Something unusual is happening in Bolton North East. None of the local Tories can remember anything like it. Labour voters are saying in considerable numbers that they intend to switch straight to the Conservatives.
James Daly, the Conservative candidate, who lost by 4,377 votes to Labour when he stood here in 2015, said this is a “unique” election, because “Brexit magnifies the question of leadership”.
He added that he has “not come across one voter who feels their interests are better represented by Jeremy Corbyn than by Theresa May”.
In Daly’s opinion, “the impact of Jeremy Corbyn is a unique impact in British politics”.
David Greenhalgh, who is running the campaign in Bolton North East and leads the Conservative group on Bolton council, confirmed that “we’re getting numbers of direct switchers from Labour to Conservative”, and added: “That has not happened as long as I’ve been involved, which is 30 years.”
He was nevertheless at pains to caution that the result “could be close”, for Bolton contains three groups who are disinclined to change their political allegiance: an above average number of benefit recipients, a high number of public sector employees, and a large minority ethnic population.
Nadim Muslim, 23, who is helping to do the numbers for the campaign, showed me a recent set of canvas returns from a Labour ward in Bolton, so one where the Conservatives have not normally canvassed, which showed 49 per cent “strong Conservatives”, a figure in line with national polling.
If various categories, including “waverers”, are added together, it is possible to get Labour up to somewhere in the mid-twenties. But these returns suggest that UKIP, which got nearly 19 per cent of the vote here in 2015, or 8,117 votes, has slumped to only four per cent.
“UKIP does seem to be pretty dead,” Daly remarked.
The Conservative headquarters in Bolton North East are in a former shop on Blackburn Road, a long, straight thoroughfare leading north out of Bolton. On one side stands the Impact Dental & Implant Laboratory, on the other Diamond Nails, while on the opposite side of the road is an Asda supermarket.
In the window of the Conservative office is found the slogan: “Labour has ruined Bolton. Don’t let Labour ruin Britain.”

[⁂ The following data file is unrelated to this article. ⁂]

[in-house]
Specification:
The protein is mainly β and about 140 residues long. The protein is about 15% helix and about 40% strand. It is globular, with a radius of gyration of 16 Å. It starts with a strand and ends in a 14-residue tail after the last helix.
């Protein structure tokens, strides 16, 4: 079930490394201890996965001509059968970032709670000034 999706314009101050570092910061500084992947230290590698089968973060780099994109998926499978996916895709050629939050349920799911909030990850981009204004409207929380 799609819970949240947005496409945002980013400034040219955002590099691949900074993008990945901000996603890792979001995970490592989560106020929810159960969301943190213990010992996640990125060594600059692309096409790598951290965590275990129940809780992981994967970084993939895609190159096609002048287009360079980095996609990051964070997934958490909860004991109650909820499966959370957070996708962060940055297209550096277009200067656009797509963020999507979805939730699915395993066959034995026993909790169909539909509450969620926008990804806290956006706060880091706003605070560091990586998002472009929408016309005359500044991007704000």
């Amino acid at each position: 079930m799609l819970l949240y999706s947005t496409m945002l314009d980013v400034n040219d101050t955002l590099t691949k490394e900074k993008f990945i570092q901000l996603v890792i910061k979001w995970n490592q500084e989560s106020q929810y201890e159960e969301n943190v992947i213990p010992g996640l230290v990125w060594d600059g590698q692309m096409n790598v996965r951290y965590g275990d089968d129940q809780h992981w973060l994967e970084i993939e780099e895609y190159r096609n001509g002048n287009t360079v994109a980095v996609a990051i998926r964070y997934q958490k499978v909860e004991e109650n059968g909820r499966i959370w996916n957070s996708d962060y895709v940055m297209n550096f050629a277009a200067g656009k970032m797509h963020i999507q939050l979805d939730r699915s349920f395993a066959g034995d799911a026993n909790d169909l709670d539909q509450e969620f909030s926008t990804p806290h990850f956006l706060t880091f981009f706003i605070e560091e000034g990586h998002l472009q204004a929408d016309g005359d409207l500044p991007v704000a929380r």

And on the leaflets the Conservatives were handing out yesterday is found the strap line: “Vote for James Daly, standing with Theresa May on 8 June.”
On Wednesday 19th April, May herself came to Bolton North East, 48th on the party’s list of targets, to launch the election campaign she had announced the day before in Downing Street. Quite a few voters mentioned this visit, and seemed pleased by it.
But although it is correct to write up her and Corbyn’s contrasting forms of leadership as a decisive factor in Bolton, it would be misleading to regard these national factors as the only ones.
Daly got 14,164 votes when he stood here against the sitting Labour MP, Sir David Crausby, in 2015, and the Conservatives received much the same when they first lost the seat to him in 1997. The party was never wiped out: it just stopped winning.
In 2015, the neighbouring seat of Bolton West, which Labour held on to by a mere 92 votes in 2010, was the priority, and was regained by Chris Green for the Conservatives by 801 votes. As I reported at the time from Bolton West for ConHome, Labour in this area was already “ripe for shaking”.
The Conservatives were likewise ripe for regeneration. Daly, who is 41, is the son of a single mother from Huddersfield. At his comprehensive school, he got four GCSEs, but he afterwards managed to qualify as a lawyer and become a defence solicitor, a trade he practices in the nearby town of Bury, where he also leads the Conservative group of councillors.
Although uncomplacent about his own chances, Daly looks forward to the election on 8 June of “a new breed of Conservative MPs who are going to go in with a determination to change the world…making the country even better and giving greater opportunity to people.”